What  to Eat:

El Trull

visit sitges travel el trull
visit sitges travel el trull
visit sitges-travel el trull
visit sitges-travel el trull

Directly across the street from Hotel Platjador is the oldest chiringuito in Spain (allegedly). Aptly named, El Chiringuito, its food is about as nondescript as its name. If you weren't lucky enough to score a balcony room at Hotel Platjador, Go to El Chiringuito, have a beer and people watch from there.

visit sitges travel platjador chiringuito
visit sitges travel platjador chiringuito

Have you been to Sitges yet? What did you love about it?

Why i travel in spain mainly on the train
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You ever been on a train that’s just moments away from pulling into your destination, so you get up from your seat, start gathering your things and begin moving towards the nearest exit. Then, suddenly you realize that the train doesn’t seem to be slowing down enough to make a stop. Slowly it dawns on you that the train isn’t slowing down, because it’s not going to stop. And as the train ever so slowly rolls past your destination station, and you stand dumbstruck in the middle of the aisle – your rolling bag clutched in one hand, your jacket draped over your other arm – your eyes and mouth widen while you watch your intended place fade away in the distance and you wonder to yourself,

What the f*ck just happened?

And then,

Where the f*ck am I headed to now?

spain train travel
spain train travel

No? Never happened to you? Oh.

Well…

You ever been on a train seated next to an old Spanish man, who, after almost refusing to move out of your assigned seat when you boarded, later lets out the mother of all silent-but-deadly farts that wakes you and the other guy in the seat across from you out of your naps, prompts a coughing fit from the passenger seated 3 rows back, gives you a (literal) taste of what the old man had for lunch and what medications he’s currently taking, and makes you wonder exactly how to say ‘Sir! Do not move another inch. Clap your cheeks down on that foul stench immediately!’ in Spanish without being misunderstood?

spain train travel
spain train travel

Yeah. Happened to me once. Never happened to you?

Well, then…

You ever been on a train with a silent car? A silent car that you specifically booked a seat in because things like loud talking, small children, and cell phone usage are strictly prohibited? A silent car that you’ve been dying to park yourself in so you can rest your hot, hungover head against the cool, cool window and snooze a bit on the way back to your little town after a long weekend of the most turnt-up of turn-ups (aka, Carnaval in Cadiz)? A silent car whose silence is being disturbed by, of all things, a nun…talking…on a cell phone? At first, you feel a little bad at getting angry at a nun. Is that even allowed? But then all those Catholic school punishments come back to you and you think to yourself, “Oh, hell naw, Sister Mary. The rules apply to you too.” But instead of saying anything, you simply scowl in her direction and not-so-subtly snap a picture of her with your phone hoping that the power of shame will compel her.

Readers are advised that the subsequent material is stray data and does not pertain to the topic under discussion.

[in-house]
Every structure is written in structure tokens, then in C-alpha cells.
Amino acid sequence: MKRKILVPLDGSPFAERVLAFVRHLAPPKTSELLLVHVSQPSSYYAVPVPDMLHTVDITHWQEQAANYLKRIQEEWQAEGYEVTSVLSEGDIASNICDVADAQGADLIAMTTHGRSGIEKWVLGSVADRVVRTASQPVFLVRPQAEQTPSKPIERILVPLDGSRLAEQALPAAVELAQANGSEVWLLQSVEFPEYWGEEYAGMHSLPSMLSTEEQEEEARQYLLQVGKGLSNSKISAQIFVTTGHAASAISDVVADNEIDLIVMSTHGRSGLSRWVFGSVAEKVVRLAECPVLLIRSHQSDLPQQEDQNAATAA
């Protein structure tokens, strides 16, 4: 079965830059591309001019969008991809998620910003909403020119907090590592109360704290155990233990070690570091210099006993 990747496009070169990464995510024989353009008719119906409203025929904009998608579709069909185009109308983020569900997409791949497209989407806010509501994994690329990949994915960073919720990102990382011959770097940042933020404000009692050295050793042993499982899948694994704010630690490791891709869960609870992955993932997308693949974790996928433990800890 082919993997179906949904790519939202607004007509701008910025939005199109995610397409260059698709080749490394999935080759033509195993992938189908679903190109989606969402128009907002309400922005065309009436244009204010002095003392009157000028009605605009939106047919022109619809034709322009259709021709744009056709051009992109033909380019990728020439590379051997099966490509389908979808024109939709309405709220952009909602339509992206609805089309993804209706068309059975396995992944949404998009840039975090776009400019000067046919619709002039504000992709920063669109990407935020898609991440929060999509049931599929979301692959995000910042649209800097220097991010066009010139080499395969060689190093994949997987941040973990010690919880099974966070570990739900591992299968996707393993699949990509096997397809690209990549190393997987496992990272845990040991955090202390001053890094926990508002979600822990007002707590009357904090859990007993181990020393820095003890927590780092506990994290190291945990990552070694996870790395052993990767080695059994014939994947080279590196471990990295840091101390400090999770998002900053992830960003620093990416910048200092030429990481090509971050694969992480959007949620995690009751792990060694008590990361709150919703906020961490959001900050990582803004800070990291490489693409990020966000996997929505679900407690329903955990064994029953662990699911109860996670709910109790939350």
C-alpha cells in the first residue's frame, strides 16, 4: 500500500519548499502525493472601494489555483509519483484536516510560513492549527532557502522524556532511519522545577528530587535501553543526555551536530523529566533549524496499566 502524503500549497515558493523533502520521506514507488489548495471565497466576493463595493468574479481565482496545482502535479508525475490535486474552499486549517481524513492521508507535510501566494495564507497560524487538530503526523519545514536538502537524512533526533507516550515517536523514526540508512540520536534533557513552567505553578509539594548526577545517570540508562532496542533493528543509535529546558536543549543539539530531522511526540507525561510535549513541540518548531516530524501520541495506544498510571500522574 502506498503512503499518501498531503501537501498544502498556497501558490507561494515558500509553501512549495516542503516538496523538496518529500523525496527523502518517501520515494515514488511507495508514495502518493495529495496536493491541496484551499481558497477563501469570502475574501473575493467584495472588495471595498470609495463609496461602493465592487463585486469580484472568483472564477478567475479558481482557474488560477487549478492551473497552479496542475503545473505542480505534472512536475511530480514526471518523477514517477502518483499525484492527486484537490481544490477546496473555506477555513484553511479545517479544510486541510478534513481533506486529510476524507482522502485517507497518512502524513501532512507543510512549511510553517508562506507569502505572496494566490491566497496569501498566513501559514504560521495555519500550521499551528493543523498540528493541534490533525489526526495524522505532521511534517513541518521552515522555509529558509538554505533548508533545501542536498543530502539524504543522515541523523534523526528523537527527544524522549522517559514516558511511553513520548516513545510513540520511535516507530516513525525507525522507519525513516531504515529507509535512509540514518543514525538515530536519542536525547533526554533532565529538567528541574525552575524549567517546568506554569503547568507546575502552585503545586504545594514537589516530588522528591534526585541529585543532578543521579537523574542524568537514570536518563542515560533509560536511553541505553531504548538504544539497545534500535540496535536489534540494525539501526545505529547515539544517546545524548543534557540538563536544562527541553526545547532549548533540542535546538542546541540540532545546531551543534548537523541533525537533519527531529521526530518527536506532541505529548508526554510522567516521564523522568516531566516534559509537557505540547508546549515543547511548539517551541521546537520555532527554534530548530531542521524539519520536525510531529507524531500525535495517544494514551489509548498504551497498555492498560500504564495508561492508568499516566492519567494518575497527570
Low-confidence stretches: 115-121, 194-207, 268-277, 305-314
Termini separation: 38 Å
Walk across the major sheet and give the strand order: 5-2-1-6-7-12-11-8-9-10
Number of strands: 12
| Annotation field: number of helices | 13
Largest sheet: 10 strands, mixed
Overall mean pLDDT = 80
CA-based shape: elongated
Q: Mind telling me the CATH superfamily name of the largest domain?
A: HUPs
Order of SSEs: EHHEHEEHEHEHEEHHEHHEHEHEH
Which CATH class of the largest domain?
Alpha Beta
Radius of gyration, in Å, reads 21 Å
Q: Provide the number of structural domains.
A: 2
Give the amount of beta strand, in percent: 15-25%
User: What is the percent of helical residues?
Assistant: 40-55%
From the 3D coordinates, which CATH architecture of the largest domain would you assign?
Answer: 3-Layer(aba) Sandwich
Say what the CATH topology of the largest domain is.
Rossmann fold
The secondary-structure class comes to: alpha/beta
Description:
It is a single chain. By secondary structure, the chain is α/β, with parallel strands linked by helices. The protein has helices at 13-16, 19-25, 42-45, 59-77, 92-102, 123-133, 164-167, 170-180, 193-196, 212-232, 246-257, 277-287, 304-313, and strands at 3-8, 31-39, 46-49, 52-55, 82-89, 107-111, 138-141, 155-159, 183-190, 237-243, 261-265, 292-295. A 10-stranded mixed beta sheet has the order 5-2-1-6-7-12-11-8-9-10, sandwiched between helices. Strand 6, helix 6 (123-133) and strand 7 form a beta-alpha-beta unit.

spain train travel
spain train travel

Still no? Damn, you should get out more.

Or… maybe I should stay put more.

But, it’s hard to stay put when I have this amazingly efficient and wide-reaching network of sleek chariots on iron rails to take me almost anywhere I can think of going in this country. As an American, I am not used to this type of convenience. Our national rail system is more of a quaint remnant of history than a currently viable utility. And the price of using the rail system in Spain is more than favorable. I often make use of Renfe’s SpainPass, a volume discount-type train ticket that’s only available to non-Spaniards. SpainPass allows you to take 4 or more medium- or long-distance train trips in a month for 40 euro or less per trip. Once I realized that with the money I make off of just a handful of private English lessons (link), I can afford to travel to 2 new cities each month, I was hooked. I’ve heard that Renfe has some pretty good student discounts, too. But, sadly (or gladly?), I aged out of those a long time ago. Even without discounts, many of the regular-price Renfe tickets are still in the 40 euro or less range, depending on the day and route of travel.

Of course there are so many other benefits to Spain train travel besides price. Trains offer:

  • More comfort and speed than a bus, and much less hassle than a plane
  • Less of the security hassle than at airports
  • Larger seats / more room
spain train travel
spain train travel
  • No luggage restrictions
  • The chance to see the country and the geography up-close while on the move
spain train travel
spain train travel
  • Free onboard entertainment (in the form of smelly old men, chatty nuns or in-transit movies)

So, Dear Reader, I encourage you to get out there more. Find a destination, buy a ticket, hop a train, and have an adventure.

Just remember to:

  • Always have your phone ready to snap a pic of a naughty nun
  • Always bring nose plugs or air spray in case of an unexpected abuelo ass-ault
  • Always know exactly where your train will be stopping, so you won’t inadvertently end up in Madrid having to buy another train ticket to get back to your intended destination.